Dr Val Besag (Kidscape) claims alcohol and socialisation are to blame.  Girls have always been socialised into being kind and ladylike.  In the face of confrontation, girls would have to ‘go away and be friends’.  However, boys would be told to ‘fight back’.  There is obviously a cultural bias and a stereotype that men are more violent than women.  US psychologist Richard Felson states that motives for violence are identical for both genders – to gain retribution and to protect self-image

Evolutionary science has provided evidence that girls are just as violent as men but they take longer to become angry.  Women have a procrastinating nature.  However, abuse of alcohol and drugs shortens this time. Some terrible cases of bullying and murder have arisen from the use of these harmful substances.  All that has to be seen is a crowd of drunken girls on a Friday or Saturday night to get a vivid idea of these claims. 

It is clear that the concept of a “girl gang” is very prominent in our society.  Whether young females decide to cover up their actions by a vow of friendship or blaming their parents, these young girls are simply making the choice to create conflict as a group activity.

Lad’s Holiday: The Test of Trust

In comment|BOOK on November 2, 2009 at 9:40 pm

Lads Holidays: Test of TrustThe lad’s holiday has always been believed to pose a high threat to relationships.  Destinations such as Magaluf, commonly known as ‘Shagaluf’, regularly play host to these getaways that are the ultimate catalyst to the questioning of trust.

From reading a thread on The Student Room (TSR,, I found a definition of a lad’s holidays to be “sex, drugs and alcohol”.  Although this definition screams stereotype, it does ring true for destinations such as Malia and Magaluf that are without a doubt well known for the consumption of alcohol at clubs and bars around the area.  However, do all lads intend to have sex and get wasted? Of course not.  Like in any case of social interaction, individuals want to feel ‘normal’ and therefore conform to what they believe to be the socially accepted behavior at the time. This idea is extremely applicable to the idea of the lad’s holiday where lads will act erratically to gain social status within their friendship group. Also, they will do this to fit in with the rest of the lads outside of their friendship group, if they feel threatened by them as competition. Considering this, could it be said that lad’s holidays are just pictures of conformity? If five lads go away on holiday together and four are seeking sex, regardless of their relationship commitments at home, this can only make the other lad feel left out and possibly inadequate. The holiday becomes a conquest and those not taking part surely lose.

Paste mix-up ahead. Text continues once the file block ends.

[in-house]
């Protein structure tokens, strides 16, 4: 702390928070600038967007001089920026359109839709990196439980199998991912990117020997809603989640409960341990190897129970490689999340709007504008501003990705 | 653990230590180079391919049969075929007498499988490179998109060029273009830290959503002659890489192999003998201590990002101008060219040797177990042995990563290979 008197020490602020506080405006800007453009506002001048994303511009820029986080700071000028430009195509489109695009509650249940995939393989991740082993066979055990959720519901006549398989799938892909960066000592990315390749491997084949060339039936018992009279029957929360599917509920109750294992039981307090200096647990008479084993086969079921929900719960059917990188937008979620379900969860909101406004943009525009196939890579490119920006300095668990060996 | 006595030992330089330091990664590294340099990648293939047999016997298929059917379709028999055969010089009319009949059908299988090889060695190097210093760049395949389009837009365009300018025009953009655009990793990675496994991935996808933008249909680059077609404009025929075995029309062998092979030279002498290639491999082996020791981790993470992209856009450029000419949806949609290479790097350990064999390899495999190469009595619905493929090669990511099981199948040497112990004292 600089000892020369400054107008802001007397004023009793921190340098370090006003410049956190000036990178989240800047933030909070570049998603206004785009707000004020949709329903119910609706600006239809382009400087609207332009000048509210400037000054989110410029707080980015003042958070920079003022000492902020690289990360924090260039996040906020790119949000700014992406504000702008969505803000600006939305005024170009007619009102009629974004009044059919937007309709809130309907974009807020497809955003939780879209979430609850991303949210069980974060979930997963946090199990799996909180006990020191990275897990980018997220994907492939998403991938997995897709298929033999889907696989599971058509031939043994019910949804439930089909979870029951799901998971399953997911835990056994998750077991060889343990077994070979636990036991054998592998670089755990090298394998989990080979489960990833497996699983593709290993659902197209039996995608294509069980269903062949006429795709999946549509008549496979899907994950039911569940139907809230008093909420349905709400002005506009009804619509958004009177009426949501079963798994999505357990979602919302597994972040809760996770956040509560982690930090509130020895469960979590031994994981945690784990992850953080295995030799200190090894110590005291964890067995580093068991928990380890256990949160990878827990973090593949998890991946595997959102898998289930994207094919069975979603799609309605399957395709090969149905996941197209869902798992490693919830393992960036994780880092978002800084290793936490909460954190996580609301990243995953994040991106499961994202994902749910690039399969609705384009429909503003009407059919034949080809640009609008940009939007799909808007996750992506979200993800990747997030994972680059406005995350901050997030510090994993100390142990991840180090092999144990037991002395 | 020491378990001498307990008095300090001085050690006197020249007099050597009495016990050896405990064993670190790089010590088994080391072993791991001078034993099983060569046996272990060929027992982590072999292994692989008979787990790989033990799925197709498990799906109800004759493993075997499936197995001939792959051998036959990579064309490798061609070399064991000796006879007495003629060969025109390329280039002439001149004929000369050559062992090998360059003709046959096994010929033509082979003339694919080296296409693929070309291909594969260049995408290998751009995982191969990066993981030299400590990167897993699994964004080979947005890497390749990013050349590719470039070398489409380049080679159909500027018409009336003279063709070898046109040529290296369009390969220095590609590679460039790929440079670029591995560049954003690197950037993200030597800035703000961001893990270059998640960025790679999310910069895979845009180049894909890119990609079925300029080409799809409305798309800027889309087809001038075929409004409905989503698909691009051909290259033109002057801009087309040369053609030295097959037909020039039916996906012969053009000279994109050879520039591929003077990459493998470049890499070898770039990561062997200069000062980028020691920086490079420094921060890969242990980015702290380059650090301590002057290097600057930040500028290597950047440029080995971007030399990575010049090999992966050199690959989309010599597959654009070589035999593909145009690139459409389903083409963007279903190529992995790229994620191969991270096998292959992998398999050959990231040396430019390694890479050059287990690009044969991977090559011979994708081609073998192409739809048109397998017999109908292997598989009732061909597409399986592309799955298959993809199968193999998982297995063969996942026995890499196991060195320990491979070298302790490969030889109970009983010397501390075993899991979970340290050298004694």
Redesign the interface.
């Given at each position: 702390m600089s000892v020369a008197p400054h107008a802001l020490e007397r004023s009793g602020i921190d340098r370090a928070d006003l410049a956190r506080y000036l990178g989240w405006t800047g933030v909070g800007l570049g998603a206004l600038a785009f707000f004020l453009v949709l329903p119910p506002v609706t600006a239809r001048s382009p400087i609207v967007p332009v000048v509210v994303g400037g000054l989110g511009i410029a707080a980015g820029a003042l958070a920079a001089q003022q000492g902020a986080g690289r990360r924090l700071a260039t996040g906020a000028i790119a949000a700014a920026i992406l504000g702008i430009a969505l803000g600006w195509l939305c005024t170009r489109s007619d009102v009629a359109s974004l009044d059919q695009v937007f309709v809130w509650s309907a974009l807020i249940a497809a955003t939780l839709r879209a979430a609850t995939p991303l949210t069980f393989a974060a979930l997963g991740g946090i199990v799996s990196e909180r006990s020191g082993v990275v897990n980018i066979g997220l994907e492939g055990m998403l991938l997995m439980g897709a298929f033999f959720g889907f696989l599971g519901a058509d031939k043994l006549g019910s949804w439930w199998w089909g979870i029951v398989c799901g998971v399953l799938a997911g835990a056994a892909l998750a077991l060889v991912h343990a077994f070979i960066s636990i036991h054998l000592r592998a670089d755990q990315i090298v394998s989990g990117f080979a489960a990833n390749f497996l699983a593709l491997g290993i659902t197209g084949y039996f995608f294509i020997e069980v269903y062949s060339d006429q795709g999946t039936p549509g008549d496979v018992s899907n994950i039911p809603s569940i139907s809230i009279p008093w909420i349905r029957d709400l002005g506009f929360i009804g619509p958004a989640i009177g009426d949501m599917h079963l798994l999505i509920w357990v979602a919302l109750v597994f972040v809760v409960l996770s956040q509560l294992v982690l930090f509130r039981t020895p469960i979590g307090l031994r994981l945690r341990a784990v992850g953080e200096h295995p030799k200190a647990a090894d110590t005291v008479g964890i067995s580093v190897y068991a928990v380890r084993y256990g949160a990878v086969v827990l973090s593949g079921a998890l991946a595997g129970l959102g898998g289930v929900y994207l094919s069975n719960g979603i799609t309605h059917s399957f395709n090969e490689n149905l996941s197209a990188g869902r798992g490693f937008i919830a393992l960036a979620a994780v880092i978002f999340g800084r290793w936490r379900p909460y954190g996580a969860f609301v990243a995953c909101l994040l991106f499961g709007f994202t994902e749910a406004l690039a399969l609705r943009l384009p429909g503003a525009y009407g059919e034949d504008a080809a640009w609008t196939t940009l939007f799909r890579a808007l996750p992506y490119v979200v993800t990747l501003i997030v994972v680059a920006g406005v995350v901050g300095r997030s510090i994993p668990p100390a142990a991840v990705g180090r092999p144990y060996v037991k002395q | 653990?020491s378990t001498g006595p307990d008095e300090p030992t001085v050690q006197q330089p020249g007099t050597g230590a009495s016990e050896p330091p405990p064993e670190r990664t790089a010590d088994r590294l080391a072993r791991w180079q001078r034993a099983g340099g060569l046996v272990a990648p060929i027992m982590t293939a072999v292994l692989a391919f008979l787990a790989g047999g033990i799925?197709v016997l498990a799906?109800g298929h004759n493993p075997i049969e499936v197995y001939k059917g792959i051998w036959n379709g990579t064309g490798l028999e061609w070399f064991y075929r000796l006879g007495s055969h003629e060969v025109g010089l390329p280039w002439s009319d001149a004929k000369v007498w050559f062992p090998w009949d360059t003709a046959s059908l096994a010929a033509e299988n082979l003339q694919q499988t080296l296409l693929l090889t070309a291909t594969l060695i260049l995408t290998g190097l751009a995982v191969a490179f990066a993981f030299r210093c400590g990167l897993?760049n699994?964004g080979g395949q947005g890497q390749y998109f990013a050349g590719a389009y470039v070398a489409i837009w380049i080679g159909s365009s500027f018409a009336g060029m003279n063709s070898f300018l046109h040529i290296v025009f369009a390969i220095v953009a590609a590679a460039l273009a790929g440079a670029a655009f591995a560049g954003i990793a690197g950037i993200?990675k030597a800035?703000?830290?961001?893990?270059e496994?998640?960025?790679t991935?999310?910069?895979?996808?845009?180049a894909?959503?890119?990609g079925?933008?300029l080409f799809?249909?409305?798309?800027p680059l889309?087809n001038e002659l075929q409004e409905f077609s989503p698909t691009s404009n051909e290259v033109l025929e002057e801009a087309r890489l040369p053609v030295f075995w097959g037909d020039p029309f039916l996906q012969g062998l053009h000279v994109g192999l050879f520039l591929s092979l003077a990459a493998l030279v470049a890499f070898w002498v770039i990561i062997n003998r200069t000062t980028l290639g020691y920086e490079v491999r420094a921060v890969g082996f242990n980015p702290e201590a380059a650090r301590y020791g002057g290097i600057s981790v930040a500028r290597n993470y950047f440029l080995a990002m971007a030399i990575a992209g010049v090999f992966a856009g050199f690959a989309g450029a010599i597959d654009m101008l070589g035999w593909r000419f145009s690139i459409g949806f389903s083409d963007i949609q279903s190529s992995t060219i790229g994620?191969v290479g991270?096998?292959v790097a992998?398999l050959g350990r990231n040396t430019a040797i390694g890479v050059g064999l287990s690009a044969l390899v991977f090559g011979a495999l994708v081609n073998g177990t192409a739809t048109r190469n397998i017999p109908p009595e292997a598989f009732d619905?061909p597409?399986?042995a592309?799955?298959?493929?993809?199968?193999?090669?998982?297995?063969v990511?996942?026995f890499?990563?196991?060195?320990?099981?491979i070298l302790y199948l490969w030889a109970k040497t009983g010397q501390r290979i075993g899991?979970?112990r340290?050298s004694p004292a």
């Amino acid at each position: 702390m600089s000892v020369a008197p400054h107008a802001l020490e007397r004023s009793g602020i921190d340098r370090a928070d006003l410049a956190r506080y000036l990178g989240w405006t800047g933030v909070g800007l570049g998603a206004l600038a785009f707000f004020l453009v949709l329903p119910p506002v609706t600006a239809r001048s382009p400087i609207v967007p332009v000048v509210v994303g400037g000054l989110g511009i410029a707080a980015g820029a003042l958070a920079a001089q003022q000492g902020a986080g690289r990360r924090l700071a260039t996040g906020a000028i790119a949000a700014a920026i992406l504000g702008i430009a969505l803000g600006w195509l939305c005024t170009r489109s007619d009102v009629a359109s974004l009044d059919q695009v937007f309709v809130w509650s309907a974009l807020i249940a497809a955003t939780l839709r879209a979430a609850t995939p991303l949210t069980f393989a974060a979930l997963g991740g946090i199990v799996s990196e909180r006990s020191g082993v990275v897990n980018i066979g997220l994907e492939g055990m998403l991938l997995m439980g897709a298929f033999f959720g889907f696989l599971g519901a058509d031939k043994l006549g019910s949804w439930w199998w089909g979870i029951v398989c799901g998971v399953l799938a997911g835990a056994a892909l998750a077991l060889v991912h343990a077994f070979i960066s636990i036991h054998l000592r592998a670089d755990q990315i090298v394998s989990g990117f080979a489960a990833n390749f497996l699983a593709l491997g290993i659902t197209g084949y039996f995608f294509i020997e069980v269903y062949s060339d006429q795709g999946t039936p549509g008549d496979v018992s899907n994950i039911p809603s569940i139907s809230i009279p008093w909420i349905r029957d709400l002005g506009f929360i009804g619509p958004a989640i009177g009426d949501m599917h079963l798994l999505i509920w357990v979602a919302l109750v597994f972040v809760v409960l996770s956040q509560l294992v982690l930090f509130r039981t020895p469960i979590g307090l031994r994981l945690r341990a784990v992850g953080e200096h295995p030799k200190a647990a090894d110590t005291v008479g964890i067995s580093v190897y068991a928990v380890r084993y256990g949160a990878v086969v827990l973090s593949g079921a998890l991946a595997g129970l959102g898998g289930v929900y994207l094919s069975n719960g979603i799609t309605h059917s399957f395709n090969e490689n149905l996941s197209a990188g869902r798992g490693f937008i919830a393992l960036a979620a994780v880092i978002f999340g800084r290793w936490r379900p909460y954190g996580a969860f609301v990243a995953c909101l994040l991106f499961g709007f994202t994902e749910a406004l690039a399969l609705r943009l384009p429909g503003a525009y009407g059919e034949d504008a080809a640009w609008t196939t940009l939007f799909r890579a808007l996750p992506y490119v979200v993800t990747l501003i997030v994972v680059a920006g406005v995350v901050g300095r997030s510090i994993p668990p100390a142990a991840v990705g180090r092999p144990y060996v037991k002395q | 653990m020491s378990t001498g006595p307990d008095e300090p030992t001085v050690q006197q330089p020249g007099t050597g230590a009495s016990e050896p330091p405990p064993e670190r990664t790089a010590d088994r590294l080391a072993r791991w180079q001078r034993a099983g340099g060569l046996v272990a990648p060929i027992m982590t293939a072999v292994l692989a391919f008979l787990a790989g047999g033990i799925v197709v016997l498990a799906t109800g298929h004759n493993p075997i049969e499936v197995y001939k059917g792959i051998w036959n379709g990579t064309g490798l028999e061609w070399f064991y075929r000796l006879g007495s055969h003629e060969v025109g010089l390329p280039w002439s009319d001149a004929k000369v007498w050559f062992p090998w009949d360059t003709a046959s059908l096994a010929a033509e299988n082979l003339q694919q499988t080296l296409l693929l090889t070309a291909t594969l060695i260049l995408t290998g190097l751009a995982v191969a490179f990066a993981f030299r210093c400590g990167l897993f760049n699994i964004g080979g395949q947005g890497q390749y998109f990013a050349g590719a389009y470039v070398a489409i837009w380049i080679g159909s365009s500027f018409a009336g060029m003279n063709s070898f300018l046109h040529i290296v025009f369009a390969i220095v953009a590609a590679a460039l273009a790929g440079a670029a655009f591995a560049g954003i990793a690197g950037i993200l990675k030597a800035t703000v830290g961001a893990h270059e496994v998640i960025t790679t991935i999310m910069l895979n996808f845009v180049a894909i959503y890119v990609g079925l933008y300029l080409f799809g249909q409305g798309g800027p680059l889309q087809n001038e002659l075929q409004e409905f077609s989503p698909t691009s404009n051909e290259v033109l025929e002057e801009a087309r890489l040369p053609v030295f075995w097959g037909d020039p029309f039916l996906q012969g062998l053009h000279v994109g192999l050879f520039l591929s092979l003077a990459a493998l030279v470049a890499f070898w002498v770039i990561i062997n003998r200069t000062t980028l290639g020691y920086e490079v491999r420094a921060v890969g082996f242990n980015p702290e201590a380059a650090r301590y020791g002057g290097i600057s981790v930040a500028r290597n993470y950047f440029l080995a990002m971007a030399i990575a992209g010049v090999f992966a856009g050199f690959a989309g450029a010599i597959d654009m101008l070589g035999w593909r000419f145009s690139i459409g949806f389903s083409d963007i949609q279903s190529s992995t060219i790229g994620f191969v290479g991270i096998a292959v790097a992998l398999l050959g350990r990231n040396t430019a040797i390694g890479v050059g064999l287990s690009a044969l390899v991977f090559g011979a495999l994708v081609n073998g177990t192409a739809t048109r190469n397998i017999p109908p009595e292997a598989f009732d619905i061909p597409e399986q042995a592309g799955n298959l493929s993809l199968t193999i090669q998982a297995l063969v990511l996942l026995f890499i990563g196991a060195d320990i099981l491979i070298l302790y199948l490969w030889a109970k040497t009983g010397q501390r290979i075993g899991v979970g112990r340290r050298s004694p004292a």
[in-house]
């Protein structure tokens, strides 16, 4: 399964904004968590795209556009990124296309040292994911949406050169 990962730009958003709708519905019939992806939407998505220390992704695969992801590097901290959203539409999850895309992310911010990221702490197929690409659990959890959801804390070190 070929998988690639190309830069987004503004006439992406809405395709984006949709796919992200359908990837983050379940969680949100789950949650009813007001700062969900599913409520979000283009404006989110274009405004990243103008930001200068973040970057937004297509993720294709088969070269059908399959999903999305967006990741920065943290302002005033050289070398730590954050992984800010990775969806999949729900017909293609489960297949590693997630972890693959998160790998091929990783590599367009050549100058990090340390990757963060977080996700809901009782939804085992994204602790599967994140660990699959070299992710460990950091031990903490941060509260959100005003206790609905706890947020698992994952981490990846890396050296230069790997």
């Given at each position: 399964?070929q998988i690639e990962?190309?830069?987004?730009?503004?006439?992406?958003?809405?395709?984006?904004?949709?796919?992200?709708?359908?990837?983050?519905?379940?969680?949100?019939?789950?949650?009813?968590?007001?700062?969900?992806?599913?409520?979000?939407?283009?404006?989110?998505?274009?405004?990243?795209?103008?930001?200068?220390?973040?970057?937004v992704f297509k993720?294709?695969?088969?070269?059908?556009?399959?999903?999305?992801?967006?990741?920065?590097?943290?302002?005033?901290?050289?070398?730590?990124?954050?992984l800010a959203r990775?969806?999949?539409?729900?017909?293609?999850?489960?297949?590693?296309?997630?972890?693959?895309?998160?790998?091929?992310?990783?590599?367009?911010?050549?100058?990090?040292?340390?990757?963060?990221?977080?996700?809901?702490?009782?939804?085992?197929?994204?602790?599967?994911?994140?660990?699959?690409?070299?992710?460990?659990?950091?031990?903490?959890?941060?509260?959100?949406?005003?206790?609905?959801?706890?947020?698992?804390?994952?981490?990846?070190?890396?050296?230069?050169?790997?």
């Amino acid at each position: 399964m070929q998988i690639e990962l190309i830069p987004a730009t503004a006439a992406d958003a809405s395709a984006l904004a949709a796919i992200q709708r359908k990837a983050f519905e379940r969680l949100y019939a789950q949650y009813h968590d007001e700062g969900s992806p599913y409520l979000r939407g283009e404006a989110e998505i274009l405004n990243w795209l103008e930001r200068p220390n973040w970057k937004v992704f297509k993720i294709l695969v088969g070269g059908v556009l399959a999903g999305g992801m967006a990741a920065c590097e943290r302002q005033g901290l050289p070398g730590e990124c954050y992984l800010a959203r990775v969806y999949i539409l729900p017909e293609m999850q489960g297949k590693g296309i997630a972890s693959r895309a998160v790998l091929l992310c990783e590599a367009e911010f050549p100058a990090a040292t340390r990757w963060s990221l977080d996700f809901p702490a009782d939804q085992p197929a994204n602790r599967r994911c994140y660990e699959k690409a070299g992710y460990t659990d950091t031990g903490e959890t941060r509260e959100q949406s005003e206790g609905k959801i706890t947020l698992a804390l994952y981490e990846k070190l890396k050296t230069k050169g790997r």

However, it is all fair and well criticizing men of being unfaithful and unruly, but has anyone ever considered what happens on girly holidays? Although the lad’s holiday is clearly known for cheating and rebellious behaviours, it is extremely sexist to say that girlfriends can be the only ones with worry and concern when their respective others go away.  Because the lad’s holiday is a stereotype, it is convenient to be ignorant of this issue.  Cheating is an act that can happen regardless of sex, age and personality.

Therefore, when gender is taken out of the question, we can take a general perspective on why lad’s or girls holidays pose threats to relationships.  It could be said that holidays create problems because they threaten the possibility of equal footing.  A comment from a woman on TSR claimed that her boyfriend going on a lad’s holiday wouldn’t be as bad due to the fact that she was going on one too with her girlfriends.  Is there some truth in the assumption that a man/woman may feel more insecure because while they are at home living a regular life, their partners are escaping from normal life and potentially having their cake and eating it too? Elements of balance and equality in relationships are clearly distorted by the presence of the holidays in question.

Another assumption which can be debated upon is the idea of temptation being greater in places like ‘Shagaluf’ in comparison to anywhere else. This is clearly wrong. Cheating is an act that happens regardless of location.  If the person in question goes to a club abroad and cheats, he could have previously cheated at home. Although both are different scenarios, the similarity is that you would never be there at the time or know for sure whether he was unfaithful or not.  Whether away in Magaluf or London, if you do not trust your other half there is simply no hope of a long-term commitment and it is lacking this, that creates the image of the lad’s holiday as a scapegoat for failing relationships.

By Natasha Devan